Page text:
October 2011 newsletter

This is the calm before the storm.  As I sit down to write this newsletter, publication of The Impossible Dead is less than two weeks away.  I’ve had great feedback from the few people who managed to get a proof copy of the book – and the first review (by A N Wilson in Readers Digest) was terrific  –  but like most writers I’m still nervous.  How will the book be received?  Will you like Malcolm Fox’s latest adventure?  Quite a lot of the novel takes place away from Edinburgh, and I’m wondering how that will go down.  When my UK tour starts, I’ll begin to find out.  A few quick readers will already have finished the book by the time I get round to signing their copies in London, Stirling or Manchester (for full tour listing, see the events page of my website.  I certainly enjoyed spending more time with Fox and his team –  so here’s hoping.

Those of you who follow me on Twitter (where I’m @beathhigh  – the name of my old high school) will know what I’ve been up to recently: a short holiday in Greece; some charity events; an entertaining night in Bangor, Northern Ireland, with local hero Colin Bateman; and interviews for various newspapers and magazines, most of which should be appearing right around now.  You’ll have to wait a bit longer to see me in Classic Prog Rock mag, which comes out monthly.  I’m just wondering if they’ll use the photo of me in my bath, with a Hawkwind album….

Straight after my UK tour, I head off to a series of festivals across Canada (again, details are on the events page.  I’m looking forward to catching up with old friends in treasured bars, some of which still have jukeboxes.  I’ll try to tweet as often as I can  –  virtual postcards, if you will.  Sadly, I doubt I’ll have much time for music shopping, though I know where the stores are…  In between the UK and Canadian tours I have about two days at home, which may allow me to attend concerts by Hawklords and Caravan.  I’ve never seen Caravan live, but their album ‘For Girls Who Grow Plump In The Night’ is one of my all-time favourites.  I did see Hawkwind many years ago at Edinburgh’s Usher Hall.  The place was full of Hell’s Angels, one of whom spent the entire evening with his head in one of the on–stage bass bins.  I felt so sorry for the unloved support act (Patrik Fitzgerald) that I went out and bought his album.  I still like his song Little Fishes…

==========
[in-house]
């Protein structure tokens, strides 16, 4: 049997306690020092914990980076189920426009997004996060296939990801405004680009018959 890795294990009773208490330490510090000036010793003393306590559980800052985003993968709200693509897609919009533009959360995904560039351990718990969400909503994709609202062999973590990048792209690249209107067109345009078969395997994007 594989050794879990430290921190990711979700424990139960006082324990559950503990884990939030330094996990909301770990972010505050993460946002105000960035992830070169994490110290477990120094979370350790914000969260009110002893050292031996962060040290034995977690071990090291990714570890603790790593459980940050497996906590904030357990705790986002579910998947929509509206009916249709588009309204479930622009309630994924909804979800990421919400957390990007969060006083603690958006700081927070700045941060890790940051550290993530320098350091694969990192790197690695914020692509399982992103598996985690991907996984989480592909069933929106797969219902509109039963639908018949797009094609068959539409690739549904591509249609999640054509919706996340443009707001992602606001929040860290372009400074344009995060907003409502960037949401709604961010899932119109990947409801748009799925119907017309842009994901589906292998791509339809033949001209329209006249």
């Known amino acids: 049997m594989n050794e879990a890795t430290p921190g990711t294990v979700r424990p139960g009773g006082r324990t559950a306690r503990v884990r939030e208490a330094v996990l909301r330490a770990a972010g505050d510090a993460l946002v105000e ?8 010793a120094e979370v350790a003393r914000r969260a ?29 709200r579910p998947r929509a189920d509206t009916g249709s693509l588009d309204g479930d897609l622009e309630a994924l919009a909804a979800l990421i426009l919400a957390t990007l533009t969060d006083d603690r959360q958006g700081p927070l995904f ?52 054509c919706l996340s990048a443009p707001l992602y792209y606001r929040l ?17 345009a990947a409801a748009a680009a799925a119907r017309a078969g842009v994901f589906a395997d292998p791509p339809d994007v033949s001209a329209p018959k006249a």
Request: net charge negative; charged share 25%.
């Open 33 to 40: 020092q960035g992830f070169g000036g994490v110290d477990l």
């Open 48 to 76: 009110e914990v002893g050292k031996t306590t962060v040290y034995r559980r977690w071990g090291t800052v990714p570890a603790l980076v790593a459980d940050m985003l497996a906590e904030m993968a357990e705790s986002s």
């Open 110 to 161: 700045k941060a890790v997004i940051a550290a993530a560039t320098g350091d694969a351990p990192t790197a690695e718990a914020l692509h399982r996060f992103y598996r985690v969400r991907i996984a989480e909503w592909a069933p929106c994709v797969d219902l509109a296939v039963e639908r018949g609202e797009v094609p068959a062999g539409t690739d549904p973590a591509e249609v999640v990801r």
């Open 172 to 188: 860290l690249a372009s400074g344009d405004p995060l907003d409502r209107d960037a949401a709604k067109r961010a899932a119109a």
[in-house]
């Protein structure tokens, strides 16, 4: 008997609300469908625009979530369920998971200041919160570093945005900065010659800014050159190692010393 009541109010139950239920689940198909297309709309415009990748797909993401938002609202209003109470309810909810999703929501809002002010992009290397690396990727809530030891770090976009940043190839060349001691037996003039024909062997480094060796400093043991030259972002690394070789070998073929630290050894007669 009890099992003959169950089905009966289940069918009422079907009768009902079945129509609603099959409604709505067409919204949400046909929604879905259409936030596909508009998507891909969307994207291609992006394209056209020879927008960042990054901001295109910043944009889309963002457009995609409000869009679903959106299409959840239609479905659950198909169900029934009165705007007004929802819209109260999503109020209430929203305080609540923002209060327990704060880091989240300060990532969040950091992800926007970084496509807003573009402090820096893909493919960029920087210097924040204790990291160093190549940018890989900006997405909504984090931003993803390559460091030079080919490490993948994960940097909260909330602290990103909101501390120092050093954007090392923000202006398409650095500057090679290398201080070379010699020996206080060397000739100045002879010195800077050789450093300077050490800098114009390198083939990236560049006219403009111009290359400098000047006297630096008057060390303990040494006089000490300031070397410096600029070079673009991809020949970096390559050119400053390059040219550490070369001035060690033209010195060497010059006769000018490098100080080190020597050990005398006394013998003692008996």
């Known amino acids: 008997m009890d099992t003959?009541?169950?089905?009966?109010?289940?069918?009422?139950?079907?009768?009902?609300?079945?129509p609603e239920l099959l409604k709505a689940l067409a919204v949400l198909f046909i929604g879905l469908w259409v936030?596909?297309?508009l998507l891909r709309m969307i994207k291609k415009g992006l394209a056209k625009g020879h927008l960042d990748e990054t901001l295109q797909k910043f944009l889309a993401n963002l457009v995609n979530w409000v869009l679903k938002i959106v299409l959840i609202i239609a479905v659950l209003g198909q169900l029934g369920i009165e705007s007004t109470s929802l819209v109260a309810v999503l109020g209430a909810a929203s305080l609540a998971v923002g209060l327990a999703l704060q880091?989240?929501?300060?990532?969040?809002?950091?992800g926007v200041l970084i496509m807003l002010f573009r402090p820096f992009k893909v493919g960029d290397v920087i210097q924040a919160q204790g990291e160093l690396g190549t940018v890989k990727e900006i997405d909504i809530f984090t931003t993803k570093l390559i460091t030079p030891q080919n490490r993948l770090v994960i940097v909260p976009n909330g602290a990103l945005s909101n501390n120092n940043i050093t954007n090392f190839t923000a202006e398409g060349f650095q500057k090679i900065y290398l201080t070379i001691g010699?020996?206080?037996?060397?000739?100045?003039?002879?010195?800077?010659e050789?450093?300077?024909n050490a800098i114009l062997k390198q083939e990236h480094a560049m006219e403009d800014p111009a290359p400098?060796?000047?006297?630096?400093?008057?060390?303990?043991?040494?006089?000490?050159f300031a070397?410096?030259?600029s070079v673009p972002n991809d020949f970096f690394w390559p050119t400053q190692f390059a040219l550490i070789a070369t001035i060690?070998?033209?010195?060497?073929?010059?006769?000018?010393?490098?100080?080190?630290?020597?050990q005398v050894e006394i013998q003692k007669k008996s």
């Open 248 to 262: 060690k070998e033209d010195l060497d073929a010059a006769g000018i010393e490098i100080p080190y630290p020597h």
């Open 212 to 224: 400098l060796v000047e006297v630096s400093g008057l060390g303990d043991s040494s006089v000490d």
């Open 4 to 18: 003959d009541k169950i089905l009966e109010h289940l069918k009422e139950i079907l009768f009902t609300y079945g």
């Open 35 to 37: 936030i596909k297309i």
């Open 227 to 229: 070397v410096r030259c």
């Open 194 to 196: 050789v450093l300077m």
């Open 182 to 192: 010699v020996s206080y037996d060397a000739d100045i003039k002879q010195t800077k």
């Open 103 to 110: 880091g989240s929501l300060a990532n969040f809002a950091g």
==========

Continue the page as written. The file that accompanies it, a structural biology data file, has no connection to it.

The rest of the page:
On Friday October 7th I will be appearing on BBC2’s Review Show and when I come home from the tour, I’m acting as guest curator at the Aberfeldy Festival (4 and 5 November), which means I get to watch gigs by John Hunt, Star Wheel Press and James Yorkston (4th) and Ballboy, A Band Called Quinn and Admiral Fallow (5th).  It’s a hard life – or, as we say in Scotland, a ‘sair fecht’.  Early November, I’ll also be recording a programme for BBC Radio Scotland about my favourite jazz tracks – I’ll have transmission details for you later in the year.  And I’ll be discussing a love of Robert Louis Stevenson with actor Nigel Planer in Edinburgh on the evening of 17 November.

I always try not to do too much in November and December – they are my plotting months.  I sit and think about what story I want to tell next, what themes I might want to explore.  And by the end of the year, I better have SOMETHING, because I try to begin writing a new book in the first week of January.  I don’t have story-ideas piled up in a corner of my room, but I do have a file in which I keep newspaper cuttings, potential names of characters, possible titles, and scribbled bits of description and the like.  Early on in November, I’ll open it and see what’s there.

I know you’re dying to ask what music I’ve been buying and listening to recently.  Lots of great stuff, from a 4-CD boxset called 100 Years of the Blues (curated by my friend Richard Havers) to new albums by the likes of Gillian Welch, Battles, Waterboys, Edinburgh School for the Deaf, Mogwai, Ry Cooder and Remember Remember.  As for books, Fun and Games by Duane Swierczynski was a hoot, The Cut by George Pelecanos was impeccable, and I’m laughing out loud at Colin Bateman’s latest, Nine Inches.

In fact, I need to load up both Kindle and iPod before I begin travelling – it’s the only time I seem to use them.  So if you’ll excuse me…

I’ll try to write again before Christmas. Really I will. Cubs’ honour.

Oh, and when you get hold of The Impossible Dead you’ll notice that on the dedication page it says ‘I(n) M(emoriam) David Thompson.  David was a brilliant Houston-based bookseller, crime fan, and all-round good guy, who died way too young.  A lot of us miss him.  I doubt I’m the first crime writer to dedicate a book to him; nor will I be the last….

Ian